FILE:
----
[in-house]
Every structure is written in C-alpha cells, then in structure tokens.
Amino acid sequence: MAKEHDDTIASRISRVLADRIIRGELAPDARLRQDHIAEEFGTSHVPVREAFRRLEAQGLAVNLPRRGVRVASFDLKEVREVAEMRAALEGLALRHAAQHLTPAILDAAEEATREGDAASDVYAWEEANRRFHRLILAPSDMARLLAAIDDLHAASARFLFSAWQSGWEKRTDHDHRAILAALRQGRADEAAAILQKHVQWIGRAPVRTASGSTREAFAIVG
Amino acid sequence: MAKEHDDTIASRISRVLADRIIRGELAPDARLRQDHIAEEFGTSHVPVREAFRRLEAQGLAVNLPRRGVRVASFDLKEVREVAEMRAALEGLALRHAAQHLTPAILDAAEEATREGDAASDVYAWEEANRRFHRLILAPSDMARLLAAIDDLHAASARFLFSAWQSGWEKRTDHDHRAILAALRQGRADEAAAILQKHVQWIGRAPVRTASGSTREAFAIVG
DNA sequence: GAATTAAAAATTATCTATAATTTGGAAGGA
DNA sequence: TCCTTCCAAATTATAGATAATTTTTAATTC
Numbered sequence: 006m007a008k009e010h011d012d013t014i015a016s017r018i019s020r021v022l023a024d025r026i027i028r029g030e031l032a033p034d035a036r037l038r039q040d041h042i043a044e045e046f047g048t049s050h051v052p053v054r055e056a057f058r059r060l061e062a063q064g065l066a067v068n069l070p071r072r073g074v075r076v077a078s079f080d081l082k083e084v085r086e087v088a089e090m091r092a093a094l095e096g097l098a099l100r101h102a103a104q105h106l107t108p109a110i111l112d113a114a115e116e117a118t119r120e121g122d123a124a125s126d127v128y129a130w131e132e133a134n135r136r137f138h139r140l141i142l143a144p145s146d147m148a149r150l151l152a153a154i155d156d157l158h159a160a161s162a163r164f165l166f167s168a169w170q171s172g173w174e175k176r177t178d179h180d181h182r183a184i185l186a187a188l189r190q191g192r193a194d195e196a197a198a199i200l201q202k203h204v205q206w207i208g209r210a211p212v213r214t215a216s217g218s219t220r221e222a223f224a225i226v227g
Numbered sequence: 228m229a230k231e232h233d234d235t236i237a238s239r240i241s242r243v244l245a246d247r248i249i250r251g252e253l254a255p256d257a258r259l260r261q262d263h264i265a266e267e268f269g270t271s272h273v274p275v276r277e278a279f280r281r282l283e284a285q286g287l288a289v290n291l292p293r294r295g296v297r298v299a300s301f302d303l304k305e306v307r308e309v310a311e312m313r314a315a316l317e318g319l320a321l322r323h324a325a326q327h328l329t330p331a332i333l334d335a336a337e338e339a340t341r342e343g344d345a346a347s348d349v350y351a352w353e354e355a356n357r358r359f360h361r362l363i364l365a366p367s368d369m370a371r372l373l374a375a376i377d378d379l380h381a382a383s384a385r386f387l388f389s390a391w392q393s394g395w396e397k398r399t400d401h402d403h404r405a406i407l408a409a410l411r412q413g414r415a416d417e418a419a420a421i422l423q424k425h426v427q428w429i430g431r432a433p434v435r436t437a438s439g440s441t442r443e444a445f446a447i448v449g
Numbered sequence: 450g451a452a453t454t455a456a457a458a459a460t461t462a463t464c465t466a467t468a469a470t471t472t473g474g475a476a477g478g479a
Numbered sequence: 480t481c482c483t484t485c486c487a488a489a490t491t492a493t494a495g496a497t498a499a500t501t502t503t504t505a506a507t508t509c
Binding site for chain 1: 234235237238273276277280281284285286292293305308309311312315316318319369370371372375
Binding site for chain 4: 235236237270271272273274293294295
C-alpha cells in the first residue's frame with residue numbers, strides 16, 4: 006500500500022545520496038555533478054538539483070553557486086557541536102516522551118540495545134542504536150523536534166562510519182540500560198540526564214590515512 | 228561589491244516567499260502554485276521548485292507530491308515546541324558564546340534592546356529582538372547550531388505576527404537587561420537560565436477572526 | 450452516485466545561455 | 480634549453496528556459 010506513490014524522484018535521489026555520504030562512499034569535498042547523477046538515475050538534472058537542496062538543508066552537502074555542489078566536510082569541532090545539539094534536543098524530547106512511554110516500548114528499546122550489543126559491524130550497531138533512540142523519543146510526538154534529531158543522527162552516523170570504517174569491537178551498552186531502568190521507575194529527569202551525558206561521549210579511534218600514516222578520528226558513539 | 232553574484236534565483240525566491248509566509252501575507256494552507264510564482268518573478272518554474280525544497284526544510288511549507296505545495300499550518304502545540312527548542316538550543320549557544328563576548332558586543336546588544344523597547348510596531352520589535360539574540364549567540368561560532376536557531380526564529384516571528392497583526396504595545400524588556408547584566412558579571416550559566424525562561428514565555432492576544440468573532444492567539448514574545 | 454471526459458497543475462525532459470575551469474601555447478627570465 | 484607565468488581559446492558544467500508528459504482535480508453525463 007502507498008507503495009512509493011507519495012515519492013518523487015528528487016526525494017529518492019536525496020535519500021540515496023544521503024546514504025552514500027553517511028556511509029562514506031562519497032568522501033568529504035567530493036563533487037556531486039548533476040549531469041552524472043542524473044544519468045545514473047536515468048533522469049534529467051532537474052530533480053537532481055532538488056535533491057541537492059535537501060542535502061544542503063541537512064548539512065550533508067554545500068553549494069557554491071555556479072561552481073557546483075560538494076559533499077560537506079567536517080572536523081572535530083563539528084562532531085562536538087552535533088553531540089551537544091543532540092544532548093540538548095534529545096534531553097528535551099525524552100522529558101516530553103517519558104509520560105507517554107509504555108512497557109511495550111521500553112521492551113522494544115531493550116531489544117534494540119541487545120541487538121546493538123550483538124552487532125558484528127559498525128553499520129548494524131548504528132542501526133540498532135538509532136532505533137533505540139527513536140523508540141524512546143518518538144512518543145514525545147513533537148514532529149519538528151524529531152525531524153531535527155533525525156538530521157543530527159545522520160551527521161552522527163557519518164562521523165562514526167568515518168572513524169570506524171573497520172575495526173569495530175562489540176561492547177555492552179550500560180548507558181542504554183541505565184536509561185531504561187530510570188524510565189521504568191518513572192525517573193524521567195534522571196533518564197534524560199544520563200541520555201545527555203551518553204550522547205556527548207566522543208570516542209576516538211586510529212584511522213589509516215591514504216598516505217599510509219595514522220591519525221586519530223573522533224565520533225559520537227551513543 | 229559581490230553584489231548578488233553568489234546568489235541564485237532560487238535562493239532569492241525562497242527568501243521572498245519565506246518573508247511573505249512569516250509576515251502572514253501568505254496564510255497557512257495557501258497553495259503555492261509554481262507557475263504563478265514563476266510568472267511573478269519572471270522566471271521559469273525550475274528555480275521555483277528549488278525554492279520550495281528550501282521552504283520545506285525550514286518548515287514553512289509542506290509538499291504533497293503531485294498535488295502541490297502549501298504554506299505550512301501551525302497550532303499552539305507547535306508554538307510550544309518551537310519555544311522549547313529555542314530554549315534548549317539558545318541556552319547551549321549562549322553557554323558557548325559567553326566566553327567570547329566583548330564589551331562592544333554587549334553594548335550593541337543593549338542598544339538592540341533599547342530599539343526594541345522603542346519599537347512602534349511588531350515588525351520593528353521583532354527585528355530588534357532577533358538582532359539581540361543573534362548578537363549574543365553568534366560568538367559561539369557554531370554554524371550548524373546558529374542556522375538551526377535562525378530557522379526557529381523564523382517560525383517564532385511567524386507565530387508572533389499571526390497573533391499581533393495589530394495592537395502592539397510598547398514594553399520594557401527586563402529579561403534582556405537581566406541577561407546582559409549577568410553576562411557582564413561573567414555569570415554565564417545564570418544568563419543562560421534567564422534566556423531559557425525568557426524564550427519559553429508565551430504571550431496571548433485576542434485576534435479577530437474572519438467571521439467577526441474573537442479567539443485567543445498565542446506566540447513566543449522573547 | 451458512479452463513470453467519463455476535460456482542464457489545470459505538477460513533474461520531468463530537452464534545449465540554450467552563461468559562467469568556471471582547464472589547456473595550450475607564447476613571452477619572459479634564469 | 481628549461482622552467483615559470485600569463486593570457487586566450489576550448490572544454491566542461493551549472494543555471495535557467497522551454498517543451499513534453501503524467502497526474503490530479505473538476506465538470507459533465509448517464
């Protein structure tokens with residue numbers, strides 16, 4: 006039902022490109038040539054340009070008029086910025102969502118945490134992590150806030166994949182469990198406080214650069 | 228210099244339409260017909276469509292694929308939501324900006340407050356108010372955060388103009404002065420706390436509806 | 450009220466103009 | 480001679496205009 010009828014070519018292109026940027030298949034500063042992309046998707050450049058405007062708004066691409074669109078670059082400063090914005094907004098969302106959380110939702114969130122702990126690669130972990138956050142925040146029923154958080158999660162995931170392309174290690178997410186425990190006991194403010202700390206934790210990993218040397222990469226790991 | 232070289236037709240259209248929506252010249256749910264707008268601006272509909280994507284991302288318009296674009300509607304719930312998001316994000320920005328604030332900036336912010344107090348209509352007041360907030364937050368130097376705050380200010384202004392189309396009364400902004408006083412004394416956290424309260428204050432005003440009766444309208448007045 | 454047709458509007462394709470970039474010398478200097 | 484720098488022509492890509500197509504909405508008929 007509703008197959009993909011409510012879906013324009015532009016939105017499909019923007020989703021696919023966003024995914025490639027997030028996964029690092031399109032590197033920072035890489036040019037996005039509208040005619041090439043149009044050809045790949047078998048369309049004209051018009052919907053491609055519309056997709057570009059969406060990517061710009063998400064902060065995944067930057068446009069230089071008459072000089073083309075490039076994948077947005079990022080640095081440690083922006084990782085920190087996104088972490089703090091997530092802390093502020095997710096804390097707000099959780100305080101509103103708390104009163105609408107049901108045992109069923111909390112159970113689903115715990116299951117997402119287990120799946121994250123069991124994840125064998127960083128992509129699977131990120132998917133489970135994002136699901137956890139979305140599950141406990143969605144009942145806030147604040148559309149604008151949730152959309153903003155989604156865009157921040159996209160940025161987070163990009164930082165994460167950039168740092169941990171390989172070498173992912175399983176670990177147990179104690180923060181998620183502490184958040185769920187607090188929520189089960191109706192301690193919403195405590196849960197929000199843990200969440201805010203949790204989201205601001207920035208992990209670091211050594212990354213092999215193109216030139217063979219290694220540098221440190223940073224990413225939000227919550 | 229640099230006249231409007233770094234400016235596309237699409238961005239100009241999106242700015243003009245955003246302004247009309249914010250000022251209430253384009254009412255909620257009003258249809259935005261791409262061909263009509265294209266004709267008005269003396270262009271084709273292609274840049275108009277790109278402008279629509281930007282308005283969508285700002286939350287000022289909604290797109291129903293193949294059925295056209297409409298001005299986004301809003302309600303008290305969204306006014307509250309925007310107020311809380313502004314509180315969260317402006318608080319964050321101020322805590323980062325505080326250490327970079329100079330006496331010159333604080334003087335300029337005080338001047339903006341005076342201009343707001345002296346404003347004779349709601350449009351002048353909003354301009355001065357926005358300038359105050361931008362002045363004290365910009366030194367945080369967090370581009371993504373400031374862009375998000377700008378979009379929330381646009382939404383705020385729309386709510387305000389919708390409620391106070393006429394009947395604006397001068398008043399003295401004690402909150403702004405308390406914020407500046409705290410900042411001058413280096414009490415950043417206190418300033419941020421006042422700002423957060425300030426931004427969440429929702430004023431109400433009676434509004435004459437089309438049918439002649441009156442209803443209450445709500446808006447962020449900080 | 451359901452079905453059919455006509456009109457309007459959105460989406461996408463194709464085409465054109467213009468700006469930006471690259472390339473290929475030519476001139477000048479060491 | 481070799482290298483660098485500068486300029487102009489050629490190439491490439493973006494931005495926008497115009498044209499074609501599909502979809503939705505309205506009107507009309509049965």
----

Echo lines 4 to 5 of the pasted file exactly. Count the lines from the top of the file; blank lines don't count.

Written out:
Amino acid sequence: MAKEHDDTIASRISRVLADRIIRGELAPDARLRQDHIAEEFGTSHVPVREAFRRLEAQGLAVNLPRRGVRVASFDLKEVREVAEMRAALEGLALRHAAQHLTPAILDAAEEATREGDAASDVYAWEEANRRFHRLILAPSDMARLLAAIDDLHAASARFLFSAWQSGWEKRTDHDHRAILAALRQGRADEAAAILQKHVQWIGRAPVRTASGSTREAFAIVG
DNA sequence: GAATTAAAAATTATCTATAATTTGGAAGGA